DeMille has been out of critical favour for decades and to most people today his name is synonymous with everything they think was wrong with Hollywood in its heyday - that his movies were too commercial, too grandiose and too old-fashioned. Happily that situation seems to be improving slightly with the DVD era allowing people to see his movies looking more or less as they should look. And while US critics tended to be dismissive of DeMille even when he was at the height of his popularity in France he has long been regarded as one of the greats, and rightly so.
DeMille was more than just a director. He was one of the founders of the American film industry. He was one of the creators of Paramount Studios and one of the true pioneers of the industry. He was directing films as early as 1914. By the mid-1910s we was one of the major film-makers in Hollywood, the creative backbone of the studio that would eventually become Paramount. And unlike many of the other pioneers of the industry, forty years later he was still one of the major players in the industry.
A movie directed by DeMille was always a Cecil B. DeMille movie. He was never a director-for-hire. He directed and produced, he either initiated or approved the original concept, he exercised ultimate control over the casting. Every set and every costume was approved by him. He had the final say on whether the screenplay was acceptable or not. if he wasn’t happy with the screenplay it got rewritten. Every movie he made had the Cecil B. DeMille stamp on it, and was instantly recognisable as one of his productions. As French critics realised back in the 50s, DeMille was a true auteur.
DeMille also had the extraordinary knack of being able to continue making movies his way right up to the very end of his career, whilst still pleasing the cinema-going public. His movies expressed his own distinctive vision but he never lost touch with his audience. His last two movies were the biggest hits of his career, and his final movie, the 1956 version of The Ten Commandments, was one of the greatest box-office successes of all time. Within a few short years it had been seen by almost a hundred million people, making it still one of the most popular movies ever made, with the only real challenger being Gone with the Wind. A success on that scale from a man in his seventies at the very end of his career is without parallel.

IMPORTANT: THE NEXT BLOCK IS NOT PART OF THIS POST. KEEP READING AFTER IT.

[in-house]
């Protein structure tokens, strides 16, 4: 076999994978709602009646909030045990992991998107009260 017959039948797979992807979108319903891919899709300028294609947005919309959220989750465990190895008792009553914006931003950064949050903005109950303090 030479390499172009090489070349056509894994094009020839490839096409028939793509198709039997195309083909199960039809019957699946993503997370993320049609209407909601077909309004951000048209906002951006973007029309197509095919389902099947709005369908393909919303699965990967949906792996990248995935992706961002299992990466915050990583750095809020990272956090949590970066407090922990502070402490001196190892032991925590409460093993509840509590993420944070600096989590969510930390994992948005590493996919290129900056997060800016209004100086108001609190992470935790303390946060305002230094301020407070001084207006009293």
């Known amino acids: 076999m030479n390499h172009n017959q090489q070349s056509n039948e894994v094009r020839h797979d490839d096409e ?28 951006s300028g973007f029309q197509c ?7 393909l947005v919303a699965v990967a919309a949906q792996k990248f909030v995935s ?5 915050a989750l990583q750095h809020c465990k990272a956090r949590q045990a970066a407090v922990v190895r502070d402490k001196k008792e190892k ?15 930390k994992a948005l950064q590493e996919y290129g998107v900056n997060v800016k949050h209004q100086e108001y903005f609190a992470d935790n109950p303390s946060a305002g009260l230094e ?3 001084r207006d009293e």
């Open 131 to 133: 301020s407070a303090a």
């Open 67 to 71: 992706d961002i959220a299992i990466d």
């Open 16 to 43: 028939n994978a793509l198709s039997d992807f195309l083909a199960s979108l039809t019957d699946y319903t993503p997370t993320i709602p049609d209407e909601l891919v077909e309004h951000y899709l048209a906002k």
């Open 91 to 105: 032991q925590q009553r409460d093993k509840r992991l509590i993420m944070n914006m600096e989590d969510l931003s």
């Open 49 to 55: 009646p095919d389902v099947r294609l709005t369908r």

And he was much much more than a director of epics. His output encompasses most genres. His 1920s silent comedies starring Gloria Swanson are among the best ever made. With his 1936 hit The Plainsman he transformed the western from a minor B-movie genre into a major genre worthy of the talents of the best directors in the industry.
The coming of sound made no difference to him. He refused to change his style, always insisting that the motion picture was a visual medium and that it was the image that counted. And DeMille was always technically at the cutting edge. The introduction of sound meant that the camera had to be insulated from the action by a glass wall so that the microphones would not pick up the sound of the camera. This limited the choice of camera angles and reduced the quality of the image. This was totally unacceptable to DeMille, and he did not accept it. He insisted that a solution be found, and it was found.
Scott Eyman does a magnificent job of chronicling DeMille’s career, while also giving us a thorough understanding of a very complex man. DeMille was and still is a controversial figure for both his private life and his politics. Eyman does not gloss over DeMille’s faults but he is remarkably fair about DeMille’s politics, making it clear that DeMille was always making a sincere stand on principles in which he firmly believed.
Despite his reputation as a control freak on the set DeMille was a man capable of extraordinary generosity and great kindness. He never forgot anyone who worked for him. Many of the actors of the silent era had fallen on hard times when sound came in but DeMille would always manage to find at least small parts for them in his later movies. DeMille was widely disliked, but almost always by people who did not know him. Those who actually worked for him remembered him with both reverence and affection.
This is by no means a mere exercise in hero worship. DeMille’s achievements are substantial enough to speak for themselves.
DeMille always believed in offering his audience entertainment and it’s fitting that Eyman’s biography is equally entertaining. A fascinating account of a great career that is equally valuable portrait of Hollywood at its greatest. Highly recommended.